Being a Christopher Nolan film, the idea of a non-linear editing very much comes with the territory. With films like Memento, Prestige and Inception, Nolan had successfully established himself as a master of non-linear narration. Having said that, all of the aforementioned films were based on a plot, which demanded a storytelling that was out-of-sequence to achieve the maximum impact. In Dunkirk, Nolan cuts between three different timelines; a week on the pier where soldiers are stranded trying unsuccessfully to evacuate in large vessels, a day aboard a civilian boat heading towards the beach from the mainland as a part of the rescue team and finally an hour-long flight of three fighter planes assigned to bring down German bombers interfering with the rescue. To cut a long story short, the plot can be put down as thus; allied soldiers lie stranded on a beach surrounded by the enemy. Due to technical difficulties regarding the depth of water, large naval vessels cannot reach the point to bring them back and thus the Government enlists the help of small civilian boats. In order to provide the boats a safe passage from German bomber planes, the air force sends fighter planes to oversee the entire mission. And herein lies the simple yet million-dollar question. What could have urged the filmmaker to opt the non-linear editing technique to narrate this plot? It turns out not only to beredundant but also makes a straightforward tale of rescue mission unnecessarily convoluted.

A major weakness in the film, particularly due to a flawed screenplay, is the way information is disseminated all through. Almost all of the context, the crisis, the possible threats and probable solutions are supplied in functional and cliché dialogues, without incorporating them within the narrative, ignoring the classic dictum of ‘show-don’t-tell’. This results in a surprising lack of drama and put together with a glaring lack of characterizations, it almost becomes impossible to invest emotionally even in a moment of crisis and its possible outcome. The ‘perfect’ and precisely controlled cinematography resulting in very neat images hardly helps the cause. One needs to look no farther than Saving Private Ryan (Steven Spielberg, 1998) to have an idea of how certain camera movements, compositions and angles can successfully communicate the blood-stained, chaotic and visceral experience of war even in mainstream cinema. However, the most glaring drawback in the film is the complete absence of the enemy. They are turned into faceless, fairytale monster like entity making their presence felt only in sudden outburst of bullets, a bomb from the sky or a torpedo out of nowhere, turning the entire thing into a video game like scenario! The only saving grace in the film is its sound design; the balanced combination of the consistent muted mechanical hum and the tick-tock of a stopwatch succeeds in creating a sense of tension even when the screenplay or the cinematography falls short.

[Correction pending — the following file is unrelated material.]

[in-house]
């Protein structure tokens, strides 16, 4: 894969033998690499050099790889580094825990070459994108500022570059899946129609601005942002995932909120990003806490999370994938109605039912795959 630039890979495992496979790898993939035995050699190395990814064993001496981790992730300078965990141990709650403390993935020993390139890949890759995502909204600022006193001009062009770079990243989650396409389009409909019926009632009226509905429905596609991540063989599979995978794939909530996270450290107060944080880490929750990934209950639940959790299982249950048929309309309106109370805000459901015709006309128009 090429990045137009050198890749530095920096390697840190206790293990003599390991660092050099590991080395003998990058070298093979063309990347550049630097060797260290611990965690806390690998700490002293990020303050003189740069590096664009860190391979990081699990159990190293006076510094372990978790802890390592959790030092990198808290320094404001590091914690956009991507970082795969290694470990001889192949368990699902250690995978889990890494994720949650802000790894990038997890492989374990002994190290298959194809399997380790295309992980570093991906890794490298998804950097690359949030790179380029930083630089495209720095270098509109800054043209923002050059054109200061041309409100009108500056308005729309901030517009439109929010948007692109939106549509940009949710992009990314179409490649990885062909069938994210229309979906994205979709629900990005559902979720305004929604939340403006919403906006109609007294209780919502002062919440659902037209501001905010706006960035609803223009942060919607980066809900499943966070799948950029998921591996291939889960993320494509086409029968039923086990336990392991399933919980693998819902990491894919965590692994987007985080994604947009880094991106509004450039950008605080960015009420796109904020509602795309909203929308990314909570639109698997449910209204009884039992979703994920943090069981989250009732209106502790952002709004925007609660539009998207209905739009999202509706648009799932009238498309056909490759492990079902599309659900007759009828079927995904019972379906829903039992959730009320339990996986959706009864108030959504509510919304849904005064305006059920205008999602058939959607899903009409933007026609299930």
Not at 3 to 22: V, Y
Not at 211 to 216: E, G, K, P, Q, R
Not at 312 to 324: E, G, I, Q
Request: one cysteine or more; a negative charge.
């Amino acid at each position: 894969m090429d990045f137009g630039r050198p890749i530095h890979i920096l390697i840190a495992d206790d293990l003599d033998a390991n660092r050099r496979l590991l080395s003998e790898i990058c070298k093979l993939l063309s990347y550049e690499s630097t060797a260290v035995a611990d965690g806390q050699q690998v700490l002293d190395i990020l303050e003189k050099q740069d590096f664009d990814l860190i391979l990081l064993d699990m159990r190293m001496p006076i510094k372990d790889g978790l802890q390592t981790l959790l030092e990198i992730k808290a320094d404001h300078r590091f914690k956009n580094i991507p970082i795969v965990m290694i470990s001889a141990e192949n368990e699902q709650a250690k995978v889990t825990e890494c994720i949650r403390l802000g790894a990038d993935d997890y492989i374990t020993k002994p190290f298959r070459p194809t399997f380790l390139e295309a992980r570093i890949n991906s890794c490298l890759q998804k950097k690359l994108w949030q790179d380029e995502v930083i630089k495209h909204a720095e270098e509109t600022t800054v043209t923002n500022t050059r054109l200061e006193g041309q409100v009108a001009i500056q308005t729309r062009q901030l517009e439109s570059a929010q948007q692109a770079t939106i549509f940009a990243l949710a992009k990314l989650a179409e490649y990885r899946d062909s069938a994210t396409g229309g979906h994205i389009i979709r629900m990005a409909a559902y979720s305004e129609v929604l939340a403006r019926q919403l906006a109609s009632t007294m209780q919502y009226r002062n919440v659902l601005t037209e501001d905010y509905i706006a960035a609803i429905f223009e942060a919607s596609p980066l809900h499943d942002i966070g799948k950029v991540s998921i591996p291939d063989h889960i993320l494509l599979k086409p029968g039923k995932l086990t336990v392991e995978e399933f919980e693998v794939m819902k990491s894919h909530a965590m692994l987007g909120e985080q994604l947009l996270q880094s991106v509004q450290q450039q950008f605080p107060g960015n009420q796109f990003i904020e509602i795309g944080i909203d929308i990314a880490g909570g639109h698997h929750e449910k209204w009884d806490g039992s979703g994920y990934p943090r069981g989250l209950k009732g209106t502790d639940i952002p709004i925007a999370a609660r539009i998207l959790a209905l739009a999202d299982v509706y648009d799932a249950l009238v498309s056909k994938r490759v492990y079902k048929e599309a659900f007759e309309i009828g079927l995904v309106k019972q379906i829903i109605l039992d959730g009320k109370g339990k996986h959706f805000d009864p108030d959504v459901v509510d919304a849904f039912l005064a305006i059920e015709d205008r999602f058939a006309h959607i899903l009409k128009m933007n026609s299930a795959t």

Dunkirk is also an embarrassing document of wasting a set of talented actors in utterly pointless roles. Kenneth Branagh spends the entire time pacing up and down a pier and looking through binoculars while Cillian Murphy wraps himself up in a blanket and speaks three and a half sentences and pushes a boy down the stairs. And Tom Hardy revisitsthe ‘Dark Knight Rises’ days, as he spends 90% of the screen time with his face covered in mask and goggles! The only actor who had a proper character to play was Mark Rylance, a civilian mariner commandeering his own boat to the rescue mission and he was both earnest and convincing in his portrayal of the British moral fiber and self-righteousness. But then this is the year 2017. The real world hardly cares about British supremacy anymore…

Arup Ratan Samajdar